The tickets had been set upright on the mantelpiece, with an edge tucked safely behind a vase, prominent for all to see.  Dad had pointed them out to anyone who came by—from Detective Knight to her grandparents, the next-door neighbour, cops in his bowling club … the Maytag guy when the washer broke.  Unexpectedly, a grin broke on Jenny’s face as she remembered the repairman, cornered on his way to the basement.  (Her husband saw her smile out of the corner of his eye, glanced over puzzled, but turned back to the road ahead as the light turned green.)

Oh, Dad had so looked forward to opening night.

When they turned off into the side street, she saw a familiar car already in the driveway; and her husband had to slow and search further along to find a spot to park.  The children ran ahead; and she followed slowly as he got out his keys and locked the doors.

Josie reached up to push the doorbell; and, as Jenny mounted the stairs, she could hear the chime of “Shave and a haircut” (picked by Dad to her mother’s rolled eyes, and never changed after his death).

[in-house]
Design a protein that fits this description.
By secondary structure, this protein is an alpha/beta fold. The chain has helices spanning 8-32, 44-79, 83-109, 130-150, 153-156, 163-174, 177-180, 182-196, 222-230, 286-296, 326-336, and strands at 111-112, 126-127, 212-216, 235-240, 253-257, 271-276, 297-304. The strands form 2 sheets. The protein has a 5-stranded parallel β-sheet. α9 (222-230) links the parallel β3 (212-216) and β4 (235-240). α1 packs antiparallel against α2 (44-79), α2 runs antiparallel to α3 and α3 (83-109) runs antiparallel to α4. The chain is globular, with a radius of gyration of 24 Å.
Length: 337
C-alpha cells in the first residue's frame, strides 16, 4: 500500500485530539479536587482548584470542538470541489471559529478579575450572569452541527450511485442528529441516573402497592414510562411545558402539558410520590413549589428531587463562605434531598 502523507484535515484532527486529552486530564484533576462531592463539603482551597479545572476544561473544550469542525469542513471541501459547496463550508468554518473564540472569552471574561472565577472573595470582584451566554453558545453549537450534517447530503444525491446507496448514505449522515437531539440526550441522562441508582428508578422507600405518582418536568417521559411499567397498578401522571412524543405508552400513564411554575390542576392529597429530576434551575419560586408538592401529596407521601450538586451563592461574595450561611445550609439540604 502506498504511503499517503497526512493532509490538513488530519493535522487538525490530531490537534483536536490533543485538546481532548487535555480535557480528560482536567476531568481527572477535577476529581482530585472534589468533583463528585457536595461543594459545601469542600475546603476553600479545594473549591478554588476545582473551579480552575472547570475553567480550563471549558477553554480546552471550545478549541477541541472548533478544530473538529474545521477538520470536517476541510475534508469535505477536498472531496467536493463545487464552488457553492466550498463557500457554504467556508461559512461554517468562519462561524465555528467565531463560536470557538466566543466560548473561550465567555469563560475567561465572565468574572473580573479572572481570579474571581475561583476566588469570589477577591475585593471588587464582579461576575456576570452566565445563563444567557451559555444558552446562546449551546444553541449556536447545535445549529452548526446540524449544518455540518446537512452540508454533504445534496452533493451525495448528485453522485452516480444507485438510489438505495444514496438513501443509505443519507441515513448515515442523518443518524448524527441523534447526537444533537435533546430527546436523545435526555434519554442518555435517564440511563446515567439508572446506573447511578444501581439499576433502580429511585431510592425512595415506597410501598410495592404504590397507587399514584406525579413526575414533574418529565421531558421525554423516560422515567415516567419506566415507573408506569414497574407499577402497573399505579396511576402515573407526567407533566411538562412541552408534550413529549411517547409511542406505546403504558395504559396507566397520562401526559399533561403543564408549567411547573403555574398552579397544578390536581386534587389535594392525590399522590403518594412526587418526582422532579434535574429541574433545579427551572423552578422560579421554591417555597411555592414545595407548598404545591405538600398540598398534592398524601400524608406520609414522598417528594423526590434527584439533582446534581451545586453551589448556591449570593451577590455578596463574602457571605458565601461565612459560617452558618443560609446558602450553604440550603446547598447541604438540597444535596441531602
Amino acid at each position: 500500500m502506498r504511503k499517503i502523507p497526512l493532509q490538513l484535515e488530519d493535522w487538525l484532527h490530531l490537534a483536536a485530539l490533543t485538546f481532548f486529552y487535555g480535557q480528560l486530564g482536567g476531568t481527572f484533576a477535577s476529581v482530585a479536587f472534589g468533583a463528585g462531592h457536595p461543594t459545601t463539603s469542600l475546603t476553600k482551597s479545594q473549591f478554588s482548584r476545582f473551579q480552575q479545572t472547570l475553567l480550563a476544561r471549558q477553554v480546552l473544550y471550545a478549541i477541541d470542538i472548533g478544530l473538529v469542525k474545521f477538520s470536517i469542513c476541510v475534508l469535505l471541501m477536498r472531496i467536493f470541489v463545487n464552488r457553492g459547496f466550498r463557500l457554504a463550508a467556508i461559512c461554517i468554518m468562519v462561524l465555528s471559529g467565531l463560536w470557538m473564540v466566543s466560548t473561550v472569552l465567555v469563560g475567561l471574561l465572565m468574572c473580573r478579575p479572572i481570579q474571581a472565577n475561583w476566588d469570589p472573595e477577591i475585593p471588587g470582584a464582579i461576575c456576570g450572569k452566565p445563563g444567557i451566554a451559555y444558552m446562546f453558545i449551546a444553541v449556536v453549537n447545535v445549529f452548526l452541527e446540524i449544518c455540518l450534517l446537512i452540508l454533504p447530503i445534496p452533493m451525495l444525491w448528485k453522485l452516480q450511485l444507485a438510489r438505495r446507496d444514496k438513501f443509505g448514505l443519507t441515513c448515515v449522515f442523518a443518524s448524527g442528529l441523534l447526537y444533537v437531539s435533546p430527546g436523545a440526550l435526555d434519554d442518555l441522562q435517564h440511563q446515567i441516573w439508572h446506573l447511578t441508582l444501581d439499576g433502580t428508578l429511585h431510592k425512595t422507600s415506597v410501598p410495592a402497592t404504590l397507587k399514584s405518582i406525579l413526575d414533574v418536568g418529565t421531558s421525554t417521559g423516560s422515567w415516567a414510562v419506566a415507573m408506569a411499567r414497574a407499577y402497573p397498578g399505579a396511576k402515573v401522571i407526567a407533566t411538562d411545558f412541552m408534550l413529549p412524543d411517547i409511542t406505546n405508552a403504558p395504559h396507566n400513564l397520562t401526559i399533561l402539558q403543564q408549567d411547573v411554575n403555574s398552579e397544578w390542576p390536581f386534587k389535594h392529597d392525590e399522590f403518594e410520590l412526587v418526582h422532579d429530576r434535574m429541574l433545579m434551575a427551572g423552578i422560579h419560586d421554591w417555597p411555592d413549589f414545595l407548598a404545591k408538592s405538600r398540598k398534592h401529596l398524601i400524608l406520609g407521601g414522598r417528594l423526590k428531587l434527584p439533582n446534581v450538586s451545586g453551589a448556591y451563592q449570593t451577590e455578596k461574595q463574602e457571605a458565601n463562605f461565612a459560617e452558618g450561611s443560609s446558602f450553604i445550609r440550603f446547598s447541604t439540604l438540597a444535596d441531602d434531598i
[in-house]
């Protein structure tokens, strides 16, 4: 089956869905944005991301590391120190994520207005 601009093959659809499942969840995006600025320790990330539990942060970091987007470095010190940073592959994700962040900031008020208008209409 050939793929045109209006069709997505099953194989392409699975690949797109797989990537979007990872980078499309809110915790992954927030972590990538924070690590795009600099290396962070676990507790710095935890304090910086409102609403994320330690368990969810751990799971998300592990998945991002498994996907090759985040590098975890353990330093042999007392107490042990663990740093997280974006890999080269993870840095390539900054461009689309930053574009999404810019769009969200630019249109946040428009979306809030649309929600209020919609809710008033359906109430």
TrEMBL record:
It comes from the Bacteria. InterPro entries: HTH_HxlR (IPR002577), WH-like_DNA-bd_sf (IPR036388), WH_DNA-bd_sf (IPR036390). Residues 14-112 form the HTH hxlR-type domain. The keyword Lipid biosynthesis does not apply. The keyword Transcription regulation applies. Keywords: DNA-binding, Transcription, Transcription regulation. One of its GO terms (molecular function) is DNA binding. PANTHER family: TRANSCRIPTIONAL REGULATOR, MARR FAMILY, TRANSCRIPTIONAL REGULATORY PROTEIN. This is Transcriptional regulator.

“Uncle Joe!” cried the kids, as the door opened.

She looked over their heads into his eyes and said, “I guess you read the listings in Star Week too?”

“Oh, yeah.”



Joe Stonetree’s call had been unexpected; but he dropped by often.  Had done, ever since Don died:  he’d worked at the 27th Precinct for so long, after all.  The transfer to the 96th had been barely a year before the plane crash; and Captain Stonetree took care of his own.  Oh, Don’s last partner had come round now and then for a few months before that mysterious departure of his; but “Uncle Joe” became a hardy perennial, relied on to help with blocked toilets, cleaning the eaves, and putting up the screens on the windows in the spring.  Myra started a second batch of brownies, and left him to open the door when the others arrived.

Jenny drifted into the kitchen to help; and the men chatted while the children went out to the garden.  The sun slipped below the horizon:  the movie started at eight.  Myra carried out the first batch of brownies, poured milk, and made coffee:  cups and saucers, instead of mugs; and the silver cream and sugar that came from Grandma Schanke when she died.  The children were called inside from the twilit yard with time to settle cross-legged on the floor; Jenny and her husband took the couch; and Joe, as he so often did when there were others there, sat in Don’s armchair.  Then he reached over to her side of the table for the remote.